Just as London Fashion Week was coming to a close, news came that Britain had lost one of it's most influential fashion figures. Judy Blame, was a larger than life figure in fashion since the early 1980s. He worked as a stylist, jewelry and accessory designer, artist, club-owner--you name it Blame had been involved in it.
He ran away to London at 17 when he decided that he wanted to join the punk movement that was just beginning to emerge on the cultural landscape, an d he remained faithful to the punk ethos to the very end. He turned culture upside down, took a knife, a pair of scissors to it, then refashioned it as something new. He was the master of invention and re-invention, of himself and for many of the artists that came into his view--Bjork, Boy George, Neneh Cherry, Massive Attack.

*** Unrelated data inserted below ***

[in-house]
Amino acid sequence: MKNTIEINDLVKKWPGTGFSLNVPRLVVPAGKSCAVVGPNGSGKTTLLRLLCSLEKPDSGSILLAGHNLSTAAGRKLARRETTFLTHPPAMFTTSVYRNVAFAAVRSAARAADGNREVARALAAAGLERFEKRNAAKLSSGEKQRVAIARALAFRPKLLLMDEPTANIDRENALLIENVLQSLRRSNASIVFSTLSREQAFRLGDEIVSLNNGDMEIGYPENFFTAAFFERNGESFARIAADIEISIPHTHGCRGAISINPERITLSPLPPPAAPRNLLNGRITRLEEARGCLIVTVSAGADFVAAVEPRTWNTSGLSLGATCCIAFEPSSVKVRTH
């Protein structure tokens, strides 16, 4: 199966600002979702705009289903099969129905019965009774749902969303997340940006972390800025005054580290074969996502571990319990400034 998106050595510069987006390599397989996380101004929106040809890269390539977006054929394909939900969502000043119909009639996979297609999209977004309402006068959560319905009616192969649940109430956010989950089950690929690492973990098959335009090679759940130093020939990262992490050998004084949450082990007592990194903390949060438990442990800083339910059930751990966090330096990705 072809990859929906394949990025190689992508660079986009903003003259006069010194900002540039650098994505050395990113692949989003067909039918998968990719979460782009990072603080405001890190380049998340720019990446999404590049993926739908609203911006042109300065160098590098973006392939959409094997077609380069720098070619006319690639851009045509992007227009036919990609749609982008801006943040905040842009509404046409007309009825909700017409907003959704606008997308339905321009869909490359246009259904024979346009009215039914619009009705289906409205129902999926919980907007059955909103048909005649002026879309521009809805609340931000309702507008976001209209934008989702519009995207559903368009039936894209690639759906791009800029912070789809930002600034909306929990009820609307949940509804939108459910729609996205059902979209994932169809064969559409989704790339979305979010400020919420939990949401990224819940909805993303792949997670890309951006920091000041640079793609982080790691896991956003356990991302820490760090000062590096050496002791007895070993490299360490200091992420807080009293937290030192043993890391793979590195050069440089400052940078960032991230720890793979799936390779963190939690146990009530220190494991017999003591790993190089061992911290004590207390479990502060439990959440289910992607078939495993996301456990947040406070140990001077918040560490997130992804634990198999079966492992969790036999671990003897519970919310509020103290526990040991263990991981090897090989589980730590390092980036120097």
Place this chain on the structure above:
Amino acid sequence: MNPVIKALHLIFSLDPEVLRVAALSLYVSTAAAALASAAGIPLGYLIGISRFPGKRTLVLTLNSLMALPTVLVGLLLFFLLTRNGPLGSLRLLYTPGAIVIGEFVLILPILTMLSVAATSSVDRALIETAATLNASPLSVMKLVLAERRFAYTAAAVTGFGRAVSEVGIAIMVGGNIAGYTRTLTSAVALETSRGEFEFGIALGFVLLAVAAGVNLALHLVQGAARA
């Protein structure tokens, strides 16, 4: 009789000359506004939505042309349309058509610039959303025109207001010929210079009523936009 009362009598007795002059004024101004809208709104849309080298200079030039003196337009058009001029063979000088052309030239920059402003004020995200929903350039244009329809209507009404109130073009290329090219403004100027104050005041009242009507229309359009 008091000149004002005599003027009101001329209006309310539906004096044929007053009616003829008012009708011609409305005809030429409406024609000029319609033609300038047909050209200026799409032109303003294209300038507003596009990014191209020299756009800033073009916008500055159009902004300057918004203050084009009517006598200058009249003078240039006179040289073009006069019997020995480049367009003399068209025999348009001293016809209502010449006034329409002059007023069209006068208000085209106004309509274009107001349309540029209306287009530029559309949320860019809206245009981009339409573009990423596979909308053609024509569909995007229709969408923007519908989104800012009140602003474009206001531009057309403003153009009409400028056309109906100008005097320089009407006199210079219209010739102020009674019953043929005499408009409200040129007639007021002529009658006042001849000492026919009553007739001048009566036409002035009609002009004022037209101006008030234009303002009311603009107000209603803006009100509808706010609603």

He worked in with famous designers as a consultant, collaborator and creator, always taking amazing risks and creating things on the spot, usually on a shoe-string budget. He did a lot of mud-larking---digging around in the muddy banks of the river Thames at low tide, to find all kinds of stuff that would get washed up--bones, buttons, ancient coins and the detritus of centuries of a city's life. With this stuff he would create unique jewelry or create one-of-a-kind fashion pieces.
But it's not really about what he did, but rather who he was that is compelling. In a world where conformity is increasingly the norm, where most people follow trends and lack any real individuality, Blame was a singular presence, fully and truly and always himself, never shaped but always shaping the world around him. A true iconoclast, and a real punk, and a life gone far too early.